My dad was not afraid of his illness. He was not unsure of his salvation. He knew he had a Sovereign God. ALS might have taken his dignity in life, but it brought him glory in death. He did not lose heart. Though his outer self was wasting away, his inner self was being renewed day by day. His light momentary affliction was preparing for him an eternal weight of glory beyond all comparison. My dad fought the good fight. He finished the race. He kept the faith.


Weekly Writing Challenge: Time for Poetry

Misty morning, fog is warning
death on her lips is sung
she smiles she screams
noise fills her dreams
death on her lips is sung

while hands of ice are softly rung
and tears flow down like streams
the birds fall still
from quiet thrill
and tears flow down like streams

but never in her wildest dreams
would ever madness fill
little scorning,
little mourning,
would ever madness fill

the time that’s left with thoughts to kill
mindful of adorning
words that are flung
and gently hung
mindful of adorning.


Weekly Writing Challenge: Time for Poetry

Weekly Writing Challenge: Threes

[Write about a memory inspired by either three of your own photographs or a memory sparked from a set of samples below.]

I used the photos below to inspire my short story for this week’s writing challenge. It’s written from the perspective of a man who has just lost his wife during childbirth.

Sample set by: A Tribute to Mom by Cardinal Guzman



The doctors were whispering again.

I still didn’t know why, but I had long since given up any hope of an explanation. I didn’t care though. I could feel the numbness starting in my toes and my fingertips and crawling in and up and through me. It would reach my heart soon. But I didn’t care about that either.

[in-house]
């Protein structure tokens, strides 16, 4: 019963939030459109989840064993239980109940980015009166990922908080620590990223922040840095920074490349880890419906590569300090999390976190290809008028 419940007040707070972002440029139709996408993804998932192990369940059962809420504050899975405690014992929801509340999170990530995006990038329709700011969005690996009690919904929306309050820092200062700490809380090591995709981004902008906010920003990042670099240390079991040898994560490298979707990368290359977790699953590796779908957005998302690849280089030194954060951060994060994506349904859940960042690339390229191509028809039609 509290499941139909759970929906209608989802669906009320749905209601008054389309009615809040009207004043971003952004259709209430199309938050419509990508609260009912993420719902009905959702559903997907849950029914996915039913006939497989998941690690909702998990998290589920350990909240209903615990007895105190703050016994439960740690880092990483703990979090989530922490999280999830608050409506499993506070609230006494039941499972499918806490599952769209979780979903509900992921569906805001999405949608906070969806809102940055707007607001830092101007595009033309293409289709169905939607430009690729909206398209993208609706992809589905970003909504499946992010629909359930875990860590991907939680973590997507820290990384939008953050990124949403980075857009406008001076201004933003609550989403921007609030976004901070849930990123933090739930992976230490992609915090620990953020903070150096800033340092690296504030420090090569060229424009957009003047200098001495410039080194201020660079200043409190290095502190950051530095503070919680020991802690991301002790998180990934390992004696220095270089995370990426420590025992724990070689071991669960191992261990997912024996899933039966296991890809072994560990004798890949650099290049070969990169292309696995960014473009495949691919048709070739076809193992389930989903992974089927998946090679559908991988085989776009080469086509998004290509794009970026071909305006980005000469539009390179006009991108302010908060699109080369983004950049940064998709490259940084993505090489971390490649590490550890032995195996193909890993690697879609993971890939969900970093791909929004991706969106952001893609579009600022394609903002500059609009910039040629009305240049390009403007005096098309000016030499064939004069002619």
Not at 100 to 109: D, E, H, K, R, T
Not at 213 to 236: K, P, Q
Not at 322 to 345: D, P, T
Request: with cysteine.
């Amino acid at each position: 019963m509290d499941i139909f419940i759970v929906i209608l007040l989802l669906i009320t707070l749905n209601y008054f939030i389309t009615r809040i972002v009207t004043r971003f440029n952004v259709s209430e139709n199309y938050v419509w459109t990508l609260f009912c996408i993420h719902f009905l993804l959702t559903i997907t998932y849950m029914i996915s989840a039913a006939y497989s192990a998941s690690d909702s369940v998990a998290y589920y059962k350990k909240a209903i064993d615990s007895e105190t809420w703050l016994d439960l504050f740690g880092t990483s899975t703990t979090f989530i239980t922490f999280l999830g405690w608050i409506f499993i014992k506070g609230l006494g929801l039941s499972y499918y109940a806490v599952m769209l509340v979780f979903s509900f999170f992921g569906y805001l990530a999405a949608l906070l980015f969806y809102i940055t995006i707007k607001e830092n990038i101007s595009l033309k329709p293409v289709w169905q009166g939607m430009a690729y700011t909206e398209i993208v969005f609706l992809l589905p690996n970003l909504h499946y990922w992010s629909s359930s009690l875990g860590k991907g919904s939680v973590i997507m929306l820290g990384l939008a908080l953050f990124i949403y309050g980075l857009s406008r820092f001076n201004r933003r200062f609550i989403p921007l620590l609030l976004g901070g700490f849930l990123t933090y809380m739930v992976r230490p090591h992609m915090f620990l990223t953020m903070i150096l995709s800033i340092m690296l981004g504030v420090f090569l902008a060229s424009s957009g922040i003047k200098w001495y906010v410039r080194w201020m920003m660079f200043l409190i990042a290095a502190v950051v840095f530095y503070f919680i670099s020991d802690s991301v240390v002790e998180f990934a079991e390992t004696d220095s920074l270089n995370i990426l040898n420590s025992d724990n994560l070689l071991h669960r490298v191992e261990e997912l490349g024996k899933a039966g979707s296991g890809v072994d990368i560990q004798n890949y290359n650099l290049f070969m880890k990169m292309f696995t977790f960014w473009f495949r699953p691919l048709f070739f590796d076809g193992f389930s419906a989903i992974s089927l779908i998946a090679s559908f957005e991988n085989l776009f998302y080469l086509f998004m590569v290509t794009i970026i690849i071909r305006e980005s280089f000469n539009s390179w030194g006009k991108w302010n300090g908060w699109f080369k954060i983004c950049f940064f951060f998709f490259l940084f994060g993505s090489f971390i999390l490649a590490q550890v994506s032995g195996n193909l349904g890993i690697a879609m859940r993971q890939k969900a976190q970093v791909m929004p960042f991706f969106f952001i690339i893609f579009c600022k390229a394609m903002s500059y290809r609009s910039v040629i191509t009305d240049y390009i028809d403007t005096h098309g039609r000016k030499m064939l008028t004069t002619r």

I stared at her, lying there limp and cold in the hospital bed. The monitors had been turned off but the beeping was ringing through my ears so loudly that I feared my eardrums would burst. “How did we get here?” The thought repeated itself over and over in my brain. “How did we get here?” My pulse quickened and beads of sweat trickled down the back of my neck. The question was like a virus that threatened to take the life of my sanity. “How did we get here?”

The doctors were staring at me now. I backed out of the room and slowly turned away from the door. I didn’t notice the shouts as I sprinted down the hallway, but a sharp pain in my side knocked me back into reality. The medical cart crashed to the ground and I used the chaos as my camouflage, slipping into a stairwell that I was not certain I was allowed to be in.

“How did we get here?”

I sat still, fearful, not that my location would be discovered but that my mind would never again be rid of that infectious question. I tried to play back the last hour in my mind but couldn’t piece together complete thoughts. I remembered her face as the pain took over. I remembered the sound of the ambulance doors closing. I remembered the sound of her breath as she let out the last scream. I remembered the sound of her crying…

I stood up so fast that I nearly fell back over. I remembered the sound of her crying. I remembered noticing how tiny her hands were as the doctors carried her away. I remembered the name we had picked out for her.

I left the stairwell and walked towards the elevators. I saw someone pushing a bed out of the room my wife had been in, but I did not stop to look. I could not help her now. She was not alive.

But my daughter was. And she was all I had left.


Weekly Writing Challenge: Threes